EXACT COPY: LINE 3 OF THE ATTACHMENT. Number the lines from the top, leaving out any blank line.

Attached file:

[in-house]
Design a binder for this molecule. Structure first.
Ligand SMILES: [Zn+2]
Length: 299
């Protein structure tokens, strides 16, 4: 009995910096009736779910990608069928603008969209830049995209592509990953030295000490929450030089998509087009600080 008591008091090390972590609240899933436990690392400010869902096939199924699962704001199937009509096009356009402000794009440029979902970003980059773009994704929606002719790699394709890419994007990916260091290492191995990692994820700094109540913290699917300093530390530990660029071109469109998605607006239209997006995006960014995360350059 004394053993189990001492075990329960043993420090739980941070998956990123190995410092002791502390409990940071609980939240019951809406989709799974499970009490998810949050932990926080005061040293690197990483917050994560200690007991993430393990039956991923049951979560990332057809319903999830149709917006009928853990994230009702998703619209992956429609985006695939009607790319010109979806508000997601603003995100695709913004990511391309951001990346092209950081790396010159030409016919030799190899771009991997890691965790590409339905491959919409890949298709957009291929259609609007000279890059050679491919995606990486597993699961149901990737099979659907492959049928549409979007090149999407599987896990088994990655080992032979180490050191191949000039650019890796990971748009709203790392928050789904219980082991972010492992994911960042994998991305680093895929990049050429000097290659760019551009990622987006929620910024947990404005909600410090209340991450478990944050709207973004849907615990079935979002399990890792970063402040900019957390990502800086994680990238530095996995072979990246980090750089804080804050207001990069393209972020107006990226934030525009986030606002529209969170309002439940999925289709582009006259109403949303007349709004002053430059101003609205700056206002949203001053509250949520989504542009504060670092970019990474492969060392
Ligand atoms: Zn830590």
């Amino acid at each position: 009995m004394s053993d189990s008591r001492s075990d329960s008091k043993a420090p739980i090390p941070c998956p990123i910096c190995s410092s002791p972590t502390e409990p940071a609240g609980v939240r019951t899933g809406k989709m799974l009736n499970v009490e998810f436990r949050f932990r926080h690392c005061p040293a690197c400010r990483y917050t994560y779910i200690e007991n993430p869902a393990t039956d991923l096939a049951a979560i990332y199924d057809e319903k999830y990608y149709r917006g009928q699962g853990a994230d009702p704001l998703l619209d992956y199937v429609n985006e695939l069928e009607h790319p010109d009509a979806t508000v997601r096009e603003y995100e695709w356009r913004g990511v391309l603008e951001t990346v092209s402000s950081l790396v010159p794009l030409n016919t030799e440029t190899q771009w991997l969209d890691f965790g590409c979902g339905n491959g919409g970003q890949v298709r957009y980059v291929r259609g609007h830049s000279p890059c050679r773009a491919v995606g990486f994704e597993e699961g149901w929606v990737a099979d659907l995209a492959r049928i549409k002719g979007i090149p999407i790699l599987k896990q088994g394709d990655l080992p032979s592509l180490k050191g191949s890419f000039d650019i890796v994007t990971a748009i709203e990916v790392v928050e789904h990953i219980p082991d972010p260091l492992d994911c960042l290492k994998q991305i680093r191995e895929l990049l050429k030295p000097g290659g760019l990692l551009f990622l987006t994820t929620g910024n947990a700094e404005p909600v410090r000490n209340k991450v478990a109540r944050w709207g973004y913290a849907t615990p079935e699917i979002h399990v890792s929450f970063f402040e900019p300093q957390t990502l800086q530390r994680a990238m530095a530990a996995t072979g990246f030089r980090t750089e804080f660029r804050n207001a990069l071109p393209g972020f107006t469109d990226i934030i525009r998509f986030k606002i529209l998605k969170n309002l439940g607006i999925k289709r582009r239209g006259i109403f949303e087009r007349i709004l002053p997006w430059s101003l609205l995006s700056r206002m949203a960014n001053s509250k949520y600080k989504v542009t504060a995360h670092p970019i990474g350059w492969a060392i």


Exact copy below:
Ligand SMILES: [Zn+2]